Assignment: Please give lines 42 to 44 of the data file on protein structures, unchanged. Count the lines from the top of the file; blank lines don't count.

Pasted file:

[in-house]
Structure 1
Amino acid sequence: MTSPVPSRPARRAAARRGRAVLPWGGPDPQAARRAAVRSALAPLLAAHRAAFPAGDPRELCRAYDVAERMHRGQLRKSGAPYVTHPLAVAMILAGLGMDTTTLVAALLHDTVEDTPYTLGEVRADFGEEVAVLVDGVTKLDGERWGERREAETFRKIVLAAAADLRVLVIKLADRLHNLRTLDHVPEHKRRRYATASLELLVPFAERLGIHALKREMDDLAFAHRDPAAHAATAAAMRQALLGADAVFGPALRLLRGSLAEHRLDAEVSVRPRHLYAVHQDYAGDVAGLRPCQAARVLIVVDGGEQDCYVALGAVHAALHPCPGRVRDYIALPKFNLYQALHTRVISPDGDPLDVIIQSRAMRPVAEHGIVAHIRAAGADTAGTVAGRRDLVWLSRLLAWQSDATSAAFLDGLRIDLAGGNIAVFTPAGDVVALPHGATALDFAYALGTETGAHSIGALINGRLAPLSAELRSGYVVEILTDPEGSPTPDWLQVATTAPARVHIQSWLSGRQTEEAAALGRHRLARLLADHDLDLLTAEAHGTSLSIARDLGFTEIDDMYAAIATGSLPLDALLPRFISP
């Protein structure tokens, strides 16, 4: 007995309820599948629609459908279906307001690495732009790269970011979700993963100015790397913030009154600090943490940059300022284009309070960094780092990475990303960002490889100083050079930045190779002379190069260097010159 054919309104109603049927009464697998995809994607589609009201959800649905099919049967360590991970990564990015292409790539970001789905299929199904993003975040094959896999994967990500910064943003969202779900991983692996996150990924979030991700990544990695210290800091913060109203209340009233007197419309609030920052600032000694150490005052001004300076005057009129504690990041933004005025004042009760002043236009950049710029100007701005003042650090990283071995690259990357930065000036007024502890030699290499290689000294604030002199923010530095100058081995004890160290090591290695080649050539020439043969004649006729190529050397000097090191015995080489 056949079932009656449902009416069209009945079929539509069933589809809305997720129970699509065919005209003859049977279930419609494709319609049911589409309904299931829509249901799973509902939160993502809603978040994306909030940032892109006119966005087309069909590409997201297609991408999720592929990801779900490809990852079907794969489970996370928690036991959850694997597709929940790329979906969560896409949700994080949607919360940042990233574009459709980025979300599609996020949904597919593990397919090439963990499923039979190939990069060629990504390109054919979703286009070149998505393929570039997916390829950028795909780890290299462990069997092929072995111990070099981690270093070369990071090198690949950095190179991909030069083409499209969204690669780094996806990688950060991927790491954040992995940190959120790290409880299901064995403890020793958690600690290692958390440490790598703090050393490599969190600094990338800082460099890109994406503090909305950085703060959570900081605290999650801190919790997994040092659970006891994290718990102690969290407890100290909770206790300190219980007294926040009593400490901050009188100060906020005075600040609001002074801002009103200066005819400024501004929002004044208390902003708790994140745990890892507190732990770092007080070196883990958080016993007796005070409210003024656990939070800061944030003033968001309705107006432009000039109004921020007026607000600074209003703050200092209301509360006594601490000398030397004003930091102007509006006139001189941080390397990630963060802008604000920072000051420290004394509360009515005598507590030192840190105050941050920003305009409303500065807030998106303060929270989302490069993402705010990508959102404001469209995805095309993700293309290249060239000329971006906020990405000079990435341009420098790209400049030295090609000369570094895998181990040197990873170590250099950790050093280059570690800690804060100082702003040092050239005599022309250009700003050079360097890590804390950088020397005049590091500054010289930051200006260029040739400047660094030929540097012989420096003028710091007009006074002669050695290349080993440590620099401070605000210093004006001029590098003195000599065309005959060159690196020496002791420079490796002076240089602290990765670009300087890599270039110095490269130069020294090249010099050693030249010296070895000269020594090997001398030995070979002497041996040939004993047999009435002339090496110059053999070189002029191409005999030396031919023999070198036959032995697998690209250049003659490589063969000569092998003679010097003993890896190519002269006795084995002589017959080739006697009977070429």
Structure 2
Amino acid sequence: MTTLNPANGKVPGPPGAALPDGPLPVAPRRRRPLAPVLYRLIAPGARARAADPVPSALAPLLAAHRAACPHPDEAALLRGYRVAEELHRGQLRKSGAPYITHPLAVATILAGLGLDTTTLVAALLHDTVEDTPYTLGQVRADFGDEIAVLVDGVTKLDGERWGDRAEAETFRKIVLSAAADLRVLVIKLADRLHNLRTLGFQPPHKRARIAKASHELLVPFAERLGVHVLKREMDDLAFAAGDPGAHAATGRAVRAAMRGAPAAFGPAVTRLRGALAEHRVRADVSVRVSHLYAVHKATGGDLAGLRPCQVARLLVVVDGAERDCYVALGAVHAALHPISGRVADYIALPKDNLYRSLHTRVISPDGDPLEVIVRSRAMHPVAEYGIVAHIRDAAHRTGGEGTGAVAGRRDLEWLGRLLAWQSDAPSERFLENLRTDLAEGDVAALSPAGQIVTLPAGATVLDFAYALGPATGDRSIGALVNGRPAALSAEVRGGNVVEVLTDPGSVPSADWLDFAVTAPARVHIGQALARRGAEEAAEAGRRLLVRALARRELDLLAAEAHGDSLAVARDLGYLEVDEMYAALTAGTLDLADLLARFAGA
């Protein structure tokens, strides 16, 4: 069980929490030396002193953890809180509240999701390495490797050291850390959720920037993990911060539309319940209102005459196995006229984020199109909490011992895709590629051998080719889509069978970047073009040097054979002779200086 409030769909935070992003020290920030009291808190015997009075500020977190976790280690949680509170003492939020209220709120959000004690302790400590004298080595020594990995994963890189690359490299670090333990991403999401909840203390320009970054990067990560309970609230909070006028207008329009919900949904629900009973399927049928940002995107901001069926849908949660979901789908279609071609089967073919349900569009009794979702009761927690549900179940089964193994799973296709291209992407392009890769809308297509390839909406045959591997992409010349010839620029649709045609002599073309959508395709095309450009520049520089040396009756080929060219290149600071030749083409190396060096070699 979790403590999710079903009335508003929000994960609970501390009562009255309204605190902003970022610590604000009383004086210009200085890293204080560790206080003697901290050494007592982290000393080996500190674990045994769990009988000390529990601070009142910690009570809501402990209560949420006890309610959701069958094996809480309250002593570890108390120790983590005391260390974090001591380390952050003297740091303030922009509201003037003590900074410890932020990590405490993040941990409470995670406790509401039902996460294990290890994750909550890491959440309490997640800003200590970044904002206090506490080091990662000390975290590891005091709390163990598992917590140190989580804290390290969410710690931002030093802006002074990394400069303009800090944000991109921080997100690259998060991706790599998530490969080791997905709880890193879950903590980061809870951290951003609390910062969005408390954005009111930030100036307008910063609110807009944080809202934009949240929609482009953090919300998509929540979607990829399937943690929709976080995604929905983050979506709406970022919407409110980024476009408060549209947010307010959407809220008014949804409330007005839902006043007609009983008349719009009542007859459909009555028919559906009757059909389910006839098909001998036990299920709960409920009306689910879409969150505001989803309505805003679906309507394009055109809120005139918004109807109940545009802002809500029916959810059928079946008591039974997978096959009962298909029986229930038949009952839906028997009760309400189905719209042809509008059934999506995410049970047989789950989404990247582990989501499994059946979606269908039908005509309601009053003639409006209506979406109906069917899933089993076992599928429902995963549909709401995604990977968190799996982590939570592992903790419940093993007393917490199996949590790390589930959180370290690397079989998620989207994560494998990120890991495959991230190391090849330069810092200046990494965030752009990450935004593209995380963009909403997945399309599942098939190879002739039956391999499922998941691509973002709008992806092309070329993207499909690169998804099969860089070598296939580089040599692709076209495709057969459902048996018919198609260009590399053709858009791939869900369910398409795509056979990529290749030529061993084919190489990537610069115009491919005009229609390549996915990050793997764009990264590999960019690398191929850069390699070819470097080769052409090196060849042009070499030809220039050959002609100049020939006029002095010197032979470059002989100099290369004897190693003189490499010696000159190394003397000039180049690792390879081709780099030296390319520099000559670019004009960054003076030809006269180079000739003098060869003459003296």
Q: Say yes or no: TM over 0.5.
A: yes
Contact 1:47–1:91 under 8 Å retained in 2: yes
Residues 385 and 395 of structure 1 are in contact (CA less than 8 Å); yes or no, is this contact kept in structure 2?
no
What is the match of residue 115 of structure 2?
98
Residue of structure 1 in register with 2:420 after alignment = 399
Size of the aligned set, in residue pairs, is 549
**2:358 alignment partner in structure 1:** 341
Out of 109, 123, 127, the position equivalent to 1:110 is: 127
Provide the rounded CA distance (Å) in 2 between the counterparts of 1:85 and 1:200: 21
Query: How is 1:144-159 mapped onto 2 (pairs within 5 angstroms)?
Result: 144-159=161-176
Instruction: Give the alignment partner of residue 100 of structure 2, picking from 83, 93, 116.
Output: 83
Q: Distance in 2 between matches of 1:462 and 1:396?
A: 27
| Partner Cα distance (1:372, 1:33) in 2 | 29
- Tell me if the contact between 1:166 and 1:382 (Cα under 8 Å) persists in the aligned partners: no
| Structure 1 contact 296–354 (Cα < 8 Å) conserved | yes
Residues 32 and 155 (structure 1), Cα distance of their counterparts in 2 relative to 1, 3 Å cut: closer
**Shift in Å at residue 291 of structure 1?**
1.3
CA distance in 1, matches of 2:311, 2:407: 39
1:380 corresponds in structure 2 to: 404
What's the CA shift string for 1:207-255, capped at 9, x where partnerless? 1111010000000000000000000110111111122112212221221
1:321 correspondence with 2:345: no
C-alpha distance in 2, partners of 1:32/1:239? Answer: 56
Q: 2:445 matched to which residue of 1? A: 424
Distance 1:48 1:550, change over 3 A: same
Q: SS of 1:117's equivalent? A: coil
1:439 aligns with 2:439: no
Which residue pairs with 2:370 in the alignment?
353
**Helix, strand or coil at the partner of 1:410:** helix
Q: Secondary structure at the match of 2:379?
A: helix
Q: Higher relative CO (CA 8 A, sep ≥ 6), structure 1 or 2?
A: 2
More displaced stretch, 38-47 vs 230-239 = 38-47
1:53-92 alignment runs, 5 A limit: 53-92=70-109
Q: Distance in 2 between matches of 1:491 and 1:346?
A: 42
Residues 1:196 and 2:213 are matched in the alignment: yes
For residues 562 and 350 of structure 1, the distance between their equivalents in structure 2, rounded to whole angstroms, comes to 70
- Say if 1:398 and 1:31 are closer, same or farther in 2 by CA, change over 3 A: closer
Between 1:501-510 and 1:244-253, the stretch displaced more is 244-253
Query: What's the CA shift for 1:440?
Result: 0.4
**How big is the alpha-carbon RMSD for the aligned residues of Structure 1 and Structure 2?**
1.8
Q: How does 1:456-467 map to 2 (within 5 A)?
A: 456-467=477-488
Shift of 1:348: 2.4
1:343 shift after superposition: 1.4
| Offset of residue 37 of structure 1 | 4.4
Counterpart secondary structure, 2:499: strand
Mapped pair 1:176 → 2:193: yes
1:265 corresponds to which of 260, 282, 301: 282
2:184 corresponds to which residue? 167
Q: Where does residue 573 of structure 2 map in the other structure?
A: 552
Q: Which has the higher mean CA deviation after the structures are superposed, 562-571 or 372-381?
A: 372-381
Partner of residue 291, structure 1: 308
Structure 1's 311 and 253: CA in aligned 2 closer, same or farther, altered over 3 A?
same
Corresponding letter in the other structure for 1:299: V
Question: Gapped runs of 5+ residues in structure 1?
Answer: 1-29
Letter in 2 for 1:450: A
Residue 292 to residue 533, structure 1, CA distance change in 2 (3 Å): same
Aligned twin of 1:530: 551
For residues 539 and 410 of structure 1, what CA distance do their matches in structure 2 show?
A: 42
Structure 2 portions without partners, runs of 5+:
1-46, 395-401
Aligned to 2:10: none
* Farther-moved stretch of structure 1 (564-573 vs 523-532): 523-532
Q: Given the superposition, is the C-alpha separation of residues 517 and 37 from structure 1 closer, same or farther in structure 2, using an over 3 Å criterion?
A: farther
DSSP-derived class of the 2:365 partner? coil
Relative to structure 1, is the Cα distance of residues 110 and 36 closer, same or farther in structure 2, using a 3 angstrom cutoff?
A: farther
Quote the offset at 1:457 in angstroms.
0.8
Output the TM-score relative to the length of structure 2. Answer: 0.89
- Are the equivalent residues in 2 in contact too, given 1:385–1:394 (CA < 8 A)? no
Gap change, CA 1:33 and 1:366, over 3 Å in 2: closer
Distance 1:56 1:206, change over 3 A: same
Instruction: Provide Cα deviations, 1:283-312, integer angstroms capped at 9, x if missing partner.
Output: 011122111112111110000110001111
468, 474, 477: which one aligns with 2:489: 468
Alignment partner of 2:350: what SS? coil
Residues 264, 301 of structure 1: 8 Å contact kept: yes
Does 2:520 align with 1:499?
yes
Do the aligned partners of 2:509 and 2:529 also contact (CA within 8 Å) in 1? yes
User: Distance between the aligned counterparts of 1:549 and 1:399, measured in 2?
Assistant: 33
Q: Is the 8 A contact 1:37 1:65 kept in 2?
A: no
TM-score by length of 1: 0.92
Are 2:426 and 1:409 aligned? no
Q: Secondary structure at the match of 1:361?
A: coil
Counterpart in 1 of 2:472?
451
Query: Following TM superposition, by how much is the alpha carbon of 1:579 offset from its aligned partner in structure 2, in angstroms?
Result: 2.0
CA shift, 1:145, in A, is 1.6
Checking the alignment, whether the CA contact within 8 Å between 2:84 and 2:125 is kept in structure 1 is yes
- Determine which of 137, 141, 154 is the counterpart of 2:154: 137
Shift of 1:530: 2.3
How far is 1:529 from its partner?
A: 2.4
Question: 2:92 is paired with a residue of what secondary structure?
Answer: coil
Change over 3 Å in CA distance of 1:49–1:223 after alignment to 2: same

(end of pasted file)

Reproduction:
353
**Helix, strand or coil at the partner of 1:410:** helix
Q: Secondary structure at the match of 2:379?